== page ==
It is vital that the new government resists calls to ditch inclusive legislation for the sake of exclusive entitlement
Narendra Modi and his colleagues must resist calls to equate economic growth with blind approval for projects. Photo: Ramesh Pathania/Mint
These euphoric post-election days in India are for many hopeful in terms of the future of the country, and for some, loaded with impending horrors. I’m not going to add to either stack of perception, but to the depleted stack of necessary cautions.
There is little dispute about the fact that India’s economy needs to grow robustly for the country to simply continue running in place, let alone take fantastic strides into a future of self-fulfilling prophecies of widespread peace and prosperity. But that future cannot arrive by pandering to a privileged band of robber rajas, as it were, or the notion that industry, benefits and a better life are the prerogative of a few.
To that end, it is vital that Prime Minister-elect Narendra Modi and his colleagues at the Bharatiya Janata Party (BJP) resist calls to equate economic growth with blind approval for projects, especially in the areas of infrastructure, extractive industries and construction. They must resist calls that only such blind approval—or more precisely, wide-eyed approval blinded by falsified notions—will accelerate slowed economic growth.
It is also vital that the new government resists calls to ditch inclusive legislation for the sake of exclusive entitlement. I refer specifically to the on-the-record calls by several business leaders to negate legislation such as the new land acquisition law and make the pending mining Bill entirely pro-business. I wouldn’t be surprised either with a growing pitch to amend the forest rights law, a move that assumes the BJP-led alliance’s majority in Parliament is enough withal to do whatever it pleases.
To do so would be to add to India’s brimming cauldron of internal security issues. Legislation of affirmative action and fair play are designed to reduce or resolve disenchantment, anger and conflict—key ingredients to increasing the country’s economic efficiency and prosperity.
Here I offer some observations from McKinsey and Co., which, like others of its ilk, is considered by several of India’s business leaders (and not a few in government) as a holy grail of advice. In 2009, some months after the United Progressive Alliance took office for the second time, McKinseypublished a report, titled Building India: Accelerating Infrastructure Projects. The report’s observations of policy and procedural impedimenta—largely derived from the thoughts of India’s business leaders, some engaged today in pushing a rampage of pro-business legislation—remain as valid today.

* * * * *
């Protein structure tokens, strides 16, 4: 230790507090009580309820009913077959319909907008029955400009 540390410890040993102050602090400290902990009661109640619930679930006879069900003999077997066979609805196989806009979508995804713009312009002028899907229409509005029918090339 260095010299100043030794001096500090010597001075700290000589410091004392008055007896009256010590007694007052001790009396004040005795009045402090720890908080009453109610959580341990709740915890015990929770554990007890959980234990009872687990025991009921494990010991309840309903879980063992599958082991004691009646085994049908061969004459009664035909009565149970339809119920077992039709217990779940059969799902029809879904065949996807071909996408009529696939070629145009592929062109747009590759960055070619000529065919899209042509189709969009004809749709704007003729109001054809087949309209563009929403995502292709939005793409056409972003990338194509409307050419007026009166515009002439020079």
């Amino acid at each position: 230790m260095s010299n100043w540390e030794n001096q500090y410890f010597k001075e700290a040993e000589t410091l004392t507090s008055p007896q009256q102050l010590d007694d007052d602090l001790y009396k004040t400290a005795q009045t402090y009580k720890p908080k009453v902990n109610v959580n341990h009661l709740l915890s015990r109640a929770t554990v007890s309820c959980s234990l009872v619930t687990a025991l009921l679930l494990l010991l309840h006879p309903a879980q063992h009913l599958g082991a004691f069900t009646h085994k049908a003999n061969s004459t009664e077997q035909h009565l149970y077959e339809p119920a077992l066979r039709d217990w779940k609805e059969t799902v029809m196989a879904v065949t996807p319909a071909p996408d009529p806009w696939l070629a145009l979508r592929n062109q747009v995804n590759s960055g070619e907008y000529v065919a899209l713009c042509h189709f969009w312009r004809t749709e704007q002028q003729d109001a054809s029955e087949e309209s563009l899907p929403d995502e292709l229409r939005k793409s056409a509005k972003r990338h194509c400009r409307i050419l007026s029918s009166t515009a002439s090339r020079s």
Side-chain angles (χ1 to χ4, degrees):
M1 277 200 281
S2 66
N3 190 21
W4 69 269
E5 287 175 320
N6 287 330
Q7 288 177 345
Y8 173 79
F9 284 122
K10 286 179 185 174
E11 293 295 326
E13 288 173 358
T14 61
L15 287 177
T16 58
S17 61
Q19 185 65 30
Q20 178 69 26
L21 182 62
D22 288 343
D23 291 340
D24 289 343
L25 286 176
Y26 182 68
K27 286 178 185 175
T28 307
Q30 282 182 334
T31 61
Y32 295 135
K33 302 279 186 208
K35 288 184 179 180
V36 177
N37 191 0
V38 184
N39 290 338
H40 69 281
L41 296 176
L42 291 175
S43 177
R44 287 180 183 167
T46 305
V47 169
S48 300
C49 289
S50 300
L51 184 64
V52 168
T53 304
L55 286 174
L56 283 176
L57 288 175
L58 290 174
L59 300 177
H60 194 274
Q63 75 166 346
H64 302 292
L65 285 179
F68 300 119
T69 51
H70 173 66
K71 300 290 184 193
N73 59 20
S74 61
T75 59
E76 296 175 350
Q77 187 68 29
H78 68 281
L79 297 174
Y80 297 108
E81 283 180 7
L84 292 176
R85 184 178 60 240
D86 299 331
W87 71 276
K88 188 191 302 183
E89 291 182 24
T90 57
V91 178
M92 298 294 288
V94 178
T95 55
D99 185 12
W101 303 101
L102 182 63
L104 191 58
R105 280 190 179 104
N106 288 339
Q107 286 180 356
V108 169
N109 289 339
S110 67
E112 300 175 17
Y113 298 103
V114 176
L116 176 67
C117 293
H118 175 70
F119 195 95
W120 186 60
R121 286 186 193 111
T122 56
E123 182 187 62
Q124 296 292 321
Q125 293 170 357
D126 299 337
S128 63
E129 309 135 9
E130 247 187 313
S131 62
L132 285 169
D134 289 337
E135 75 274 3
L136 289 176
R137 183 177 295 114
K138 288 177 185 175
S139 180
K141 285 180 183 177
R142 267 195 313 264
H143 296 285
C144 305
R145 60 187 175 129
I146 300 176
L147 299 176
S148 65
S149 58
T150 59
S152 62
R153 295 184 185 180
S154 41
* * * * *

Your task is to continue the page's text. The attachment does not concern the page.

The report lists several areas of inefficiency in India that have little to do with pro-business arguments of inclusive legislation damaging economic growth. I quote: Quality of planning and engineering design is poor. Tendering unviable public-private partnership projects is common. Contracts in use are inappropriate. Pre-tendering approval process is centralized and slow. Performance management is weak. Availability of skilled and semi-skilled manpower is insufficient. Weak risk managementskills. Below-par design and engineering skills. Lack of best-in-class procurement practices.
In areas related to delays in land acquisition, the McKinsey report states: “Global best practices suggest that land acquisition should be complete before a project is tendered. In India, projects are often awarded with only part of the land physically acquired, sometimes as low as 30%. Delays in subsequent land acquisition are possibly the single-largest factor causing project delays. These delays are driven by three factors: 1) undervaluation of land price; 2) dependence on state governments for land acquisition; and 3) the ambiguous definition of the term unencumbered land.”
The report also adds that in India, “dispute resolution processes are ineffective”, on account of “ambiguous” legislation and the tendency of arbitration to be ineffective, leading to “long drawn-out disputes”.
Nearly without exception similar points can be applied to major manufacturing projects, extractive industries and construction projects. Such inefficiencies need fixing, not fixing the match by dumping, preventing or weakening legislation that seek to correct—entirely within the spirit of participatory growth—massive disadvantage. Those at the bottom of the pyramid must not be made to pay for the deliberate policy, procedural and performance inefficiencies of government and business, those that occupy and dominate the apex of the pyramid. Eminent domain must not come to mean domination.
To do otherwise would, among other things, make a mockery of Modi’s declaration to the BJP parliamentary party meeting where he was formally invited to premiership by his party. In a message beamed countrywide, Modi dedicated BJP’s Lok Sabha victory to India’s poor, and the country’s dispossessed and trampled.
Empowering and enriching them will grow India—and the BJP—not calls to nationalism or notions of exclusion.
Sudeep Chakravarti is the author of Red Sun: Travels in Naxalite Country and Highway 39: Journeys through a Fractured Land. This column, which focuses on conflict situations in South Asia that directly affect business, runs on Fridays. Respond to this column at [email protected]
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